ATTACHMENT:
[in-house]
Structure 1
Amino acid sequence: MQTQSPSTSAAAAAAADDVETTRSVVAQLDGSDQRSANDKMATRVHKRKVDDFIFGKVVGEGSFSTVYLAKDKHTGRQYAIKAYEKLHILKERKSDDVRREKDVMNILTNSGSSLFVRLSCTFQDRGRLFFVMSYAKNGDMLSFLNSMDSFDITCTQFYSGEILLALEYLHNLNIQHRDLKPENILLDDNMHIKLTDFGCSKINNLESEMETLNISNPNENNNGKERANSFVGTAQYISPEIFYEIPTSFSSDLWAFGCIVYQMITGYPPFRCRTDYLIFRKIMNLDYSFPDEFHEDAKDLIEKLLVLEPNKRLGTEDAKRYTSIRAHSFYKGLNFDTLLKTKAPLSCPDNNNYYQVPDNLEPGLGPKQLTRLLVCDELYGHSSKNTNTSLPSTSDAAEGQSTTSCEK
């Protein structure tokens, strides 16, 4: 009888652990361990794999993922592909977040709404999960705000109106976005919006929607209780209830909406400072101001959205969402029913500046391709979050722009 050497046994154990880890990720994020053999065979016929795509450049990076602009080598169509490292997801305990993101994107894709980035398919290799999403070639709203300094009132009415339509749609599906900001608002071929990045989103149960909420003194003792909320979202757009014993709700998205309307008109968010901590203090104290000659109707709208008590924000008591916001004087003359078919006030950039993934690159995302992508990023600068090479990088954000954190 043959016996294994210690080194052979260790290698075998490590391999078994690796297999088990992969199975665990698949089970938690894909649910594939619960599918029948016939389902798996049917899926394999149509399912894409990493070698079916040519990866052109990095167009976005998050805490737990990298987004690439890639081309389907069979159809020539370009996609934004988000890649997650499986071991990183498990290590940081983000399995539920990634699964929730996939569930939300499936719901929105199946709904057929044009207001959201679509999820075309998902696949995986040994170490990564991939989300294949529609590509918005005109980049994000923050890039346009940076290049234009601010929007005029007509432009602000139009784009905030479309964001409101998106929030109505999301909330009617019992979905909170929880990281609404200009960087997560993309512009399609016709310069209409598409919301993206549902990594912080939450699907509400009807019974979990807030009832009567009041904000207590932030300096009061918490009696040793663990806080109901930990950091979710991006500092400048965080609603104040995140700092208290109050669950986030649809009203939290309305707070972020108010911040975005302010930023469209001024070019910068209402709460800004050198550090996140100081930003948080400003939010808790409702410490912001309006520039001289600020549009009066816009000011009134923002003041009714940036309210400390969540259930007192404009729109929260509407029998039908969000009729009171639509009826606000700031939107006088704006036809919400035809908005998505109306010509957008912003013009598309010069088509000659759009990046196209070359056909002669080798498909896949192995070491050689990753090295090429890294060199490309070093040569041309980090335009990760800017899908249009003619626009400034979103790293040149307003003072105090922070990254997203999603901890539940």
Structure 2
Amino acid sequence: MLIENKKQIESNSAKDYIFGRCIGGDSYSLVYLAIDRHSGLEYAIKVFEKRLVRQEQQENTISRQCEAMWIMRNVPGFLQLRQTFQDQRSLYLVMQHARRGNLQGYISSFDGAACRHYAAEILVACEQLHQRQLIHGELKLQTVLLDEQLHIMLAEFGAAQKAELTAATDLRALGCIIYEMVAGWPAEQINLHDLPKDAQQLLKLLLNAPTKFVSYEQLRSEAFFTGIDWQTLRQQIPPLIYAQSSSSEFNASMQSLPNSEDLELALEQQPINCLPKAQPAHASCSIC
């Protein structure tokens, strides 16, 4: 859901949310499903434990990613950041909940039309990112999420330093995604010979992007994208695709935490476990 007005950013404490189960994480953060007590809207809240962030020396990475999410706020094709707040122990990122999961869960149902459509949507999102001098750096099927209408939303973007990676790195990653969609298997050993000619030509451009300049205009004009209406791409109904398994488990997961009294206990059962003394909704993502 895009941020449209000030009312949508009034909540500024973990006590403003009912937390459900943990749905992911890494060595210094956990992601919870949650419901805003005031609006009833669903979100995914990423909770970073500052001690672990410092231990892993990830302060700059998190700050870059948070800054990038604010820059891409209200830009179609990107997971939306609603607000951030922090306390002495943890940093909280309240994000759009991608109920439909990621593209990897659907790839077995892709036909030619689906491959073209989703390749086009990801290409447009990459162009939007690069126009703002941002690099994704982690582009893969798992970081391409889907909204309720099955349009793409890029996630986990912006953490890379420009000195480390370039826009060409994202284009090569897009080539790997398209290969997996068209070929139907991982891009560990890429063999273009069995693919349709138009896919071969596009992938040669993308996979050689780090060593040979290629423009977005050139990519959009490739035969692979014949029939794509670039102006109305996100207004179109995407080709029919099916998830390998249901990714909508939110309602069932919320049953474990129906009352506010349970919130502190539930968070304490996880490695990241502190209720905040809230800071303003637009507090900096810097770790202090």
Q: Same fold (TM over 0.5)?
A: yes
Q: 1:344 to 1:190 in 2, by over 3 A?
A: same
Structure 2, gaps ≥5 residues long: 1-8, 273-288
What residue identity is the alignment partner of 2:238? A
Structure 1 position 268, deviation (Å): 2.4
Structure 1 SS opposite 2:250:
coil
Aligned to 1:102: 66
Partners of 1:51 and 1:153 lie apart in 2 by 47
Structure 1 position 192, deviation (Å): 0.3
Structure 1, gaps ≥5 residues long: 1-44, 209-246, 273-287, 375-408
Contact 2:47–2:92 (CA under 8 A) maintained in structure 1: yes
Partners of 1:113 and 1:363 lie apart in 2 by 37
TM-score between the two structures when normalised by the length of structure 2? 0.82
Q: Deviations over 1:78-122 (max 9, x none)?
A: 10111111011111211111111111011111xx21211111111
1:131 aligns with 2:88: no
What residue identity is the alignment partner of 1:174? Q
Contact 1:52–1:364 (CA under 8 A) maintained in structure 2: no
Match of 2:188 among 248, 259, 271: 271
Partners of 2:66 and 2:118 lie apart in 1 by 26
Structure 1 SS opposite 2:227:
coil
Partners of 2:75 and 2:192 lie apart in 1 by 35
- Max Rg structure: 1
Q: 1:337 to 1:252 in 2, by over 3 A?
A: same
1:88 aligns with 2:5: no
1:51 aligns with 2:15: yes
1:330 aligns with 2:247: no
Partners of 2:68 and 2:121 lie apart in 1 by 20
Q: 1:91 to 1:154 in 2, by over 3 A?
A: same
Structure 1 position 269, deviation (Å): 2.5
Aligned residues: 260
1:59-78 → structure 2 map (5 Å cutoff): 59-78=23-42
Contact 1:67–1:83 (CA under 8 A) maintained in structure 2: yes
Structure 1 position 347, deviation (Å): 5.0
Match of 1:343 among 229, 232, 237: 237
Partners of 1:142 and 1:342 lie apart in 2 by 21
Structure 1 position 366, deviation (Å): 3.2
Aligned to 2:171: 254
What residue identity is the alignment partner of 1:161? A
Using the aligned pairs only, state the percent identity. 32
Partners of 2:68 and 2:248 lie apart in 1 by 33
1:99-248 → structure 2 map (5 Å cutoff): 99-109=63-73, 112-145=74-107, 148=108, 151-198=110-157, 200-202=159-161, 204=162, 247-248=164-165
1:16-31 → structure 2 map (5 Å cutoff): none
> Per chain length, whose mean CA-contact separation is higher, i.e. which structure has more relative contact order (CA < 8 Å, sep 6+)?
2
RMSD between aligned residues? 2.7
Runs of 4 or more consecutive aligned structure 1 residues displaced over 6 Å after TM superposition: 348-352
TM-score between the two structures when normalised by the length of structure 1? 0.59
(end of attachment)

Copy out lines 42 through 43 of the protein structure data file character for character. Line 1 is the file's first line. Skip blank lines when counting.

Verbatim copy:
A: same
Structure 1 position 269, deviation (Å): 2.5